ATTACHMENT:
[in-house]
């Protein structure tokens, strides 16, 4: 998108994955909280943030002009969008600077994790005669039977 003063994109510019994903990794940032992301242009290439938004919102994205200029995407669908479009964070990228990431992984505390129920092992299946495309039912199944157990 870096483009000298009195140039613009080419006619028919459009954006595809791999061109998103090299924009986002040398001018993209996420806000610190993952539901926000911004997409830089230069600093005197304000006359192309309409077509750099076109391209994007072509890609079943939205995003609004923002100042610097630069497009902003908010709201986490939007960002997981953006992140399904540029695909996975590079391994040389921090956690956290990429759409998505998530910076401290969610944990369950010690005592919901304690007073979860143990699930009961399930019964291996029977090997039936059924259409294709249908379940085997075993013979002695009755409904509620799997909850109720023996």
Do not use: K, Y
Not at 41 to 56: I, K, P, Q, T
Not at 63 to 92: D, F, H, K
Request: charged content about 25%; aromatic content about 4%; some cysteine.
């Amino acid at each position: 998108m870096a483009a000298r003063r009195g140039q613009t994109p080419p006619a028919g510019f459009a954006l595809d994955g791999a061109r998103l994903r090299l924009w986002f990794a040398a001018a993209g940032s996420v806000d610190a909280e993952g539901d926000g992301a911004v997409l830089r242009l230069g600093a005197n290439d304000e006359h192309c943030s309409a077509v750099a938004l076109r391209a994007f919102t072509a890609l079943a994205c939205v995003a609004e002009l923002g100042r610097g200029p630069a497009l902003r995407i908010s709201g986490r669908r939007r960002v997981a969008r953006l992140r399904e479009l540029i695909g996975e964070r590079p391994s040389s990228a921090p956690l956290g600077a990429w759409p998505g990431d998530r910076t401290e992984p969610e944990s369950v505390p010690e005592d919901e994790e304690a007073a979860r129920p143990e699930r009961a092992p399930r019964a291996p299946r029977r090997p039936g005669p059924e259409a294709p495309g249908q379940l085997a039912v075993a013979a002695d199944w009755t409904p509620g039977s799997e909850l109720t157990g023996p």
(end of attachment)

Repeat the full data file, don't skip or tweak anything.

[in-house]
């Protein structure tokens, strides 16, 4: 998108994955909280943030002009969008600077994790005669039977 003063994109510019994903990794940032992301242009290439938004919102994205200029995407669908479009964070990228990431992984505390129920092992299946495309039912199944157990 870096483009000298009195140039613009080419006619028919459009954006595809791999061109998103090299924009986002040398001018993209996420806000610190993952539901926000911004997409830089230069600093005197304000006359192309309409077509750099076109391209994007072509890609079943939205995003609004923002100042610097630069497009902003908010709201986490939007960002997981953006992140399904540029695909996975590079391994040389921090956690956290990429759409998505998530910076401290969610944990369950010690005592919901304690007073979860143990699930009961399930019964291996029977090997039936059924259409294709249908379940085997075993013979002695009755409904509620799997909850109720023996």
Do not use: K, Y
Not at 41 to 56: I, K, P, Q, T
Not at 63 to 92: D, F, H, K
Request: charged content about 25%; aromatic content about 4%; some cysteine.
């Amino acid at each position: 998108m870096a483009a000298r003063r009195g140039q613009t994109p080419p006619a028919g510019f459009a954006l595809d994955g791999a061109r998103l994903r090299l924009w986002f990794a040398a001018a993209g940032s996420v806000d610190a909280e993952g539901d926000g992301a911004v997409l830089r242009l230069g600093a005197n290439d304000e006359h192309c943030s309409a077509v750099a938004l076109r391209a994007f919102t072509a890609l079943a994205c939205v995003a609004e002009l923002g100042r610097g200029p630069a497009l902003r995407i908010s709201g986490r669908r939007r960002v997981a969008r953006l992140r399904e479009l540029i695909g996975e964070r590079p391994s040389s990228a921090p956690l956290g600077a990429w759409p998505g990431d998530r910076t401290e992984p969610e944990s369950v505390p010690e005592d919901e994790e304690a007073a979860r129920p143990e699930r009961a092992p399930r019964a291996p299946r029977r090997p039936g005669p059924e259409a294709p495309g249908q379940l085997a039912v075993a013979a002695d199944w009755t409904p509620g039977s799997e909850l109720t157990g023996p």